In The Court of Appeals

The State, Respondent,


Benjamin K. Cantrell, Appellant.

Appeal From Greenville County
 Henry F. Floyd, Circuit Court Judge

Unpublished Opinion No.  2005-UP-345
Submitted May 1, 2005 – Filed May 18, 2005


Benjamin K. Cantrell, of Greer, for Appellant.

Attorney General Henry Dargan McMaster, Chief Deputy Attorney General John W. McIntosh, Assistant Deputy Attorney General Salley W. Elliott, Senior Assistant Attorney General Mark Rapoport, Office of the Attorney General, all of Columbia; and Solicitor Robert M. Ariail, of Greenville, for Respondent.

PER CURIAM:  After Benjamin K. Cantrell was convicted and sentenced for driving under the influence in magistrate’s court, he appealed to the circuit court.  The circuit court dismissed the appeal as untimely.  Cantrell now appeals the order of the circuit court.  We affirm.1


On June 10, 2002, a jury found Cantrell guilty of driving under the influence, and Judge Harold Grimsley sentenced Cantrell to a fine of $737.00.  On June 24, 2002, Cantrell sent his notice of appeal via facsimile to Magistrate Cagle’s office.  The July 30, 2002 return of the magistrate noted the appeal was not filed in a timely manner, and summarily addressed Cantrell’s reasons for appeal.  Following a hearing on April 14, 2003, the circuit court found the appeal was not filed within ten days after sentence pursuant to S.C. Code Ann. § 18-3-30 and, thus, the appeal was untimely.  The circuit court therefore dismissed the appeal.  This appeal followed.


Cantrell argues the circuit court improperly dismissed his appeal as untimely.  He asserts his notice of appeal was delayed because he thought he had thirty days to appeal based on the rule for civil appeals and the fact his case was assigned a civil case number. 

Initially, we question whether this issue is preserved for our review as this argument appears to be raised for the first time before this court.2  In the hearing before the circuit court, the solicitor argued the appeal was not filed within ten days as required by statute.  When the court asked Cantrell what he had to say in that regard, Cantrell stated, “Not a whole lot, Your Honor.”  The court then asked Cantrell if he agreed that he filed the appeal after ten days and Cantrell replied, “Probably so.”  The court concluded it was a jurisdictional issue and dismissed the appeal.  Cantrell never argued to the circuit court that he was misled into believing he had thirty days to file the appeal based on the case number assigned to the matter.3  See South Carolina Wildlife & Marine Res. Dep’t v. Kunkle, 287 S.C. 177, 179 n.2, 336 S.E.2d 468, 469 n.2 (1985) (noting a reviewing court may not rule on issues not raised in the lower court).  

At any rate, we find Cantrell’s argument has no merit.  “Every person convicted before a magistrate of any offense whatever and sentenced may appeal from the sentence to the Court of Common Pleas for the county.”  S.C. Code Ann. § 18-3-10 (Supp. 2004).  “The appellant shall, within ten days after sentence, serve notice of appeal upon the magistrate who tried the case, stating the grounds upon which the appeal is founded.”  S.C. Code Ann. § 18-3-30 (1985).  Failure to comply with the procedural requirements for an appeal divests the court of appellate jurisdiction.  State v. Brown, 358 S.C. 382, 387, 596 S.E.2d 39, 41 (2004).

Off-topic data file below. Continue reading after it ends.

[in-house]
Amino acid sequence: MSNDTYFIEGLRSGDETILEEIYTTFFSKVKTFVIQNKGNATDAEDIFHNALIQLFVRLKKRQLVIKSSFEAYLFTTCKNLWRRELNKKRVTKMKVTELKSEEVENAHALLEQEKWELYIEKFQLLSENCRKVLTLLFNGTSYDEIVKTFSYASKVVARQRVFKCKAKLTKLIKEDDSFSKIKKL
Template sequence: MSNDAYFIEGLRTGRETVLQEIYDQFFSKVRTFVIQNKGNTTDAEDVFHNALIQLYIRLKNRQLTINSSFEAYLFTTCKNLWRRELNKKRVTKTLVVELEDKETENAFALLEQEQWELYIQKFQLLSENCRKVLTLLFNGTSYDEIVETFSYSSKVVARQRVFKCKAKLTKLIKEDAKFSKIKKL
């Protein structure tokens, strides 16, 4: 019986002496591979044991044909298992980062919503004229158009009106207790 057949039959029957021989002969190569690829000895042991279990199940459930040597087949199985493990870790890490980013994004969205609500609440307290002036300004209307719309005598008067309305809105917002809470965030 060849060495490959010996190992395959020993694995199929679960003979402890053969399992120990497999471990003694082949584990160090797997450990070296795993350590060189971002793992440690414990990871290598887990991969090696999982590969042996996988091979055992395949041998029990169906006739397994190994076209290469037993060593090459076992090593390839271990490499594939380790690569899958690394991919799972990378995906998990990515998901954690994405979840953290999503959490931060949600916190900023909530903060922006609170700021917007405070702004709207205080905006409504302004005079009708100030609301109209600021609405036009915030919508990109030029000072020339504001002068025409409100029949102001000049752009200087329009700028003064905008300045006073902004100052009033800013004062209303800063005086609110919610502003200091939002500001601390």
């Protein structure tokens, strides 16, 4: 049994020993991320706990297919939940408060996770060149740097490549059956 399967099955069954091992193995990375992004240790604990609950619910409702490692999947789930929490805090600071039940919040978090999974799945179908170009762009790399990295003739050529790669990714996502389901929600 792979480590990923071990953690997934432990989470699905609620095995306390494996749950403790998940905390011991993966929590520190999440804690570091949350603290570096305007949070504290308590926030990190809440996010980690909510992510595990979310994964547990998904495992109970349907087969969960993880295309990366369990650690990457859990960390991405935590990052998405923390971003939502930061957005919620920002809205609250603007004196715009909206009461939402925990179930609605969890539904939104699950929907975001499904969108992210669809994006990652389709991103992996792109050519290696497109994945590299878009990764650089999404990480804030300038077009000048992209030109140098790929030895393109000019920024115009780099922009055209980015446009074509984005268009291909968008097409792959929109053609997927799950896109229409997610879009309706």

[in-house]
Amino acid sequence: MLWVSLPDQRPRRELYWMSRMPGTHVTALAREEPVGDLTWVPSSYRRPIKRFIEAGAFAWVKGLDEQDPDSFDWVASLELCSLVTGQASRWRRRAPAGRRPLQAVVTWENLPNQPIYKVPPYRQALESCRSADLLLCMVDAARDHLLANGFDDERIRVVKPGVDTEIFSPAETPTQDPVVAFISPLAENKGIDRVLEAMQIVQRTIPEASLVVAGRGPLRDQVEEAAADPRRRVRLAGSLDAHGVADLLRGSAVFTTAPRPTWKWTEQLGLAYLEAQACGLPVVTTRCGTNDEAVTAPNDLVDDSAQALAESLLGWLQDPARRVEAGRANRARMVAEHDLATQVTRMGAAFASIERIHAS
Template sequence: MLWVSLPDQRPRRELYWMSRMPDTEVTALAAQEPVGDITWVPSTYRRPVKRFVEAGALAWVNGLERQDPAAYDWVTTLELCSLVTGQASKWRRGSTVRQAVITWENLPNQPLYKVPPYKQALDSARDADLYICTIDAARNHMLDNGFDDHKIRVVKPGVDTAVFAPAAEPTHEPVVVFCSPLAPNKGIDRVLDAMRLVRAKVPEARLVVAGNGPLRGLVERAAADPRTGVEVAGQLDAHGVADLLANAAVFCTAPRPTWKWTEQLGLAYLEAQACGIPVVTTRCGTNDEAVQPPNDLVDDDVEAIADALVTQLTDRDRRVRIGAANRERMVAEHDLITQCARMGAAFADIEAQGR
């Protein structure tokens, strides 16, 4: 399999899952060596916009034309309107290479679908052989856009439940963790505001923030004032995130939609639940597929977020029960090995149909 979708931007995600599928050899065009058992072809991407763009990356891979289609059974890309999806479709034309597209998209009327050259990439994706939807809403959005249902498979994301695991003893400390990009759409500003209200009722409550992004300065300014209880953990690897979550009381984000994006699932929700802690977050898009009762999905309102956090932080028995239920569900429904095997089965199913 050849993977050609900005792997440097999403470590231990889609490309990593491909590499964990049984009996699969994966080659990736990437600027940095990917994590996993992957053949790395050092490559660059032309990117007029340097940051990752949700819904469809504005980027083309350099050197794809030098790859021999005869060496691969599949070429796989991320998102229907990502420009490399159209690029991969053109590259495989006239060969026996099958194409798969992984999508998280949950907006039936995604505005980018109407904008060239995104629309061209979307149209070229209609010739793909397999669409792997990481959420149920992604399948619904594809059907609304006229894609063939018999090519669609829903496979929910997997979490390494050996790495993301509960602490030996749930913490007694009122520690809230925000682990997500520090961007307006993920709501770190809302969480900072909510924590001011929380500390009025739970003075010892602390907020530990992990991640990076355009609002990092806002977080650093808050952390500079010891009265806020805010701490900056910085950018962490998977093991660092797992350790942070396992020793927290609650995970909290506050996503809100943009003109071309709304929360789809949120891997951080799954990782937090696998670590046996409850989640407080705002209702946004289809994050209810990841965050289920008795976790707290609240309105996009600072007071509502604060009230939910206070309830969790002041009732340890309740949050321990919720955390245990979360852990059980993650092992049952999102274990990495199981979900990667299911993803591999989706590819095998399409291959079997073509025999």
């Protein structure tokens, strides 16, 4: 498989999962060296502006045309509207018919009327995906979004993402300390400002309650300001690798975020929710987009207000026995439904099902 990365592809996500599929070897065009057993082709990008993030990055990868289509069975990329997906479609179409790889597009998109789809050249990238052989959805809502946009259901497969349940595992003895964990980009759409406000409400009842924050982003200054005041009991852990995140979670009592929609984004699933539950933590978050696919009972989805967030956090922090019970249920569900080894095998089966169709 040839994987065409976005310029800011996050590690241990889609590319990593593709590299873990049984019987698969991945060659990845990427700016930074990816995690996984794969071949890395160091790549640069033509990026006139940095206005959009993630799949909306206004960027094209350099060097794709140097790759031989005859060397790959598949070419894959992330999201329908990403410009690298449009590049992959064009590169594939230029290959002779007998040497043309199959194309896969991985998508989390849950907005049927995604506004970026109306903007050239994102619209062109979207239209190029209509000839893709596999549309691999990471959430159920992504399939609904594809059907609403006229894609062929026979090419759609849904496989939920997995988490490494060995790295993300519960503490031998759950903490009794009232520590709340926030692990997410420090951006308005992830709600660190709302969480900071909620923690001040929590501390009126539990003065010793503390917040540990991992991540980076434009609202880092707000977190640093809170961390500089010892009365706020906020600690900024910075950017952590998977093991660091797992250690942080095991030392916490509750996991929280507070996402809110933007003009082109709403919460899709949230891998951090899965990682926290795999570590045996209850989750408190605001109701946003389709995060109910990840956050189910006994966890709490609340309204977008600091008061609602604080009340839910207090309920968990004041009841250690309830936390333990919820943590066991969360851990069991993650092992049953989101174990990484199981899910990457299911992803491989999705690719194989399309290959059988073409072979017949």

Irrespective of Cantrell’s belief that he had thirty days to appeal based on the number assigned to his case, Cantrell’s case was clearly an appeal from a criminal conviction and sentence in magistrate’s court.  Cantrell’s notice of appeal was not served within ten days of his sentence as required by statute.4  Because the appeal was untimely, the circuit court did not have jurisdiction to hear the appeal and properly dismissed it.5  Accordingly, the order of the circuit court is



1 We decide this case without oral argument pursuant to Rule 215, SCACR.

2 At trial, Cantrell’s father attempted to represent him, but the magistrate did not allow the non-attorney father to act as Cantrell’s legal representative.  Instead, Cantrell was represented by an attorney.  On appeal to the circuit court, Cantrell’s father again attempted to represent him, but when the circuit court refused to allow it, Cantrell proceeded pro se.  Cantrell’s proceeding pro se does not excuse him from complying with the substantive and procedural requirements of the law.  State v. Burton, 356 S.C. 259, 265 n.5, 589 S.E.2d 6, 9 n.5 (2003).

3 Although issues relating to subject matter jurisdiction may be raised at anytime, this issue does not involve subject matter jurisdiction as our courts have held that a party’s failure to comply with procedural requirements of an appeal from magistrate’s court to the circuit court divests the court of appellate jurisdiction, but does not affect the circuit court’s subject matter jurisdiction.  State v. Brown, 358 S.C. 382, 387, 596 S.E.2d 39, 41 (2004).  

4 We further note the notice of appeal was apparently not served on the magistrate who tried the case, but was faxed to the chief magistrate fourteen days after his sentence.   

5 Based on our determination the circuit court properly dismissed the appeal, we need not address the other arguments raised by Cantrell to this court that his conviction should be reversed based on several other issues regarding his arrest, legal representation, and alleged errors of the court.